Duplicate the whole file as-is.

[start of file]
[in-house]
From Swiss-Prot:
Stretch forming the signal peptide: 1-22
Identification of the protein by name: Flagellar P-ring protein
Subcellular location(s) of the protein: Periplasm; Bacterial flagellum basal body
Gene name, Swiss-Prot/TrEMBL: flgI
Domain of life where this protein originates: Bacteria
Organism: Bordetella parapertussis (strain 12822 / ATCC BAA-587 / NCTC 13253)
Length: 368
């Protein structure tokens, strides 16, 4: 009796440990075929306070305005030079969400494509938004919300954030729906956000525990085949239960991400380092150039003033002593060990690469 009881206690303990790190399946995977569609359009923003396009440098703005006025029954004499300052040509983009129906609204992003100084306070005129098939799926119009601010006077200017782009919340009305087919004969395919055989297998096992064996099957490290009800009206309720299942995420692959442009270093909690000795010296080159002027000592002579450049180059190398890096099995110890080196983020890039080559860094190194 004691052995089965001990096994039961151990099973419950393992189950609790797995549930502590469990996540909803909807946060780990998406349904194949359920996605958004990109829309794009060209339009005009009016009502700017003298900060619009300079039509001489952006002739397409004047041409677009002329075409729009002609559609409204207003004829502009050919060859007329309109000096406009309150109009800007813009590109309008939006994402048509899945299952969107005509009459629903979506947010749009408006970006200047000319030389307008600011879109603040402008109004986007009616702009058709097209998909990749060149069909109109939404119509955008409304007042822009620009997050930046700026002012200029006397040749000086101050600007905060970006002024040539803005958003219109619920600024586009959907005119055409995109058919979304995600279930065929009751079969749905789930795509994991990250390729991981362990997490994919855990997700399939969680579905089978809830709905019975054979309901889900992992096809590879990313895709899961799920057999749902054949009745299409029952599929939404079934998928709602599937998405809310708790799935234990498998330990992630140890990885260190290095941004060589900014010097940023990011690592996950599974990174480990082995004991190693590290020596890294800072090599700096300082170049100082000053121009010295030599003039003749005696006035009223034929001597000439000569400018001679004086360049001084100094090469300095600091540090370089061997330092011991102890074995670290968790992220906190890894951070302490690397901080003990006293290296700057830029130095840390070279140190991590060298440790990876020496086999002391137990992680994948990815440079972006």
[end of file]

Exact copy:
[in-house]
From Swiss-Prot:
Stretch forming the signal peptide: 1-22
Identification of the protein by name: Flagellar P-ring protein
Subcellular location(s) of the protein: Periplasm; Bacterial flagellum basal body
Gene name, Swiss-Prot/TrEMBL: flgI
Domain of life where this protein originates: Bacteria
Organism: Bordetella parapertussis (strain 12822 / ATCC BAA-587 / NCTC 13253)
Length: 368
């Protein structure tokens, strides 16, 4: 009796440990075929306070305005030079969400494509938004919300954030729906956000525990085949239960991400380092150039003033002593060990690469 009881206690303990790190399946995977569609359009923003396009440098703005006025029954004499300052040509983009129906609204992003100084306070005129098939799926119009601010006077200017782009919340009305087919004969395919055989297998096992064996099957490290009800009206309720299942995420692959442009270093909690000795010296080159002027000592002579450049180059190398890096099995110890080196983020890039080559860094190194 004691052995089965001990096994039961151990099973419950393992189950609790797995549930502590469990996540909803909807946060780990998406349904194949359920996605958004990109829309794009060209339009005009009016009502700017003298900060619009300079039509001489952006002739397409004047041409677009002329075409729009002609559609409204207003004829502009050919060859007329309109000096406009309150109009800007813009590109309008939006994402048509899945299952969107005509009459629903979506947010749009408006970006200047000319030389307008600011879109603040402008109004986007009616702009058709097209998909990749060149069909109109939404119509955008409304007042822009620009997050930046700026002012200029006397040749000086101050600007905060970006002024040539803005958003219109619920600024586009959907005119055409995109058919979304995600279930065929009751079969749905789930795509994991990250390729991981362990997490994919855990997700399939969680579905089978809830709905019975054979309901889900992992096809590879990313895709899961799920057999749902054949009745299409029952599929939404079934998928709602599937998405809310708790799935234990498998330990992630140890990885260190290095941004060589900014010097940023990011690592996950599974990174480990082995004991190693590290020596890294800072090599700096300082170049100082000053121009010295030599003039003749005696006035009223034929001597000439000569400018001679004086360049001084100094090469300095600091540090370089061997330092011991102890074995670290968790992220906190890894951070302490690397901080003990006293290296700057830029130095840390070279140190991590060298440790990876020496086999002391137990992680994948990815440079972006």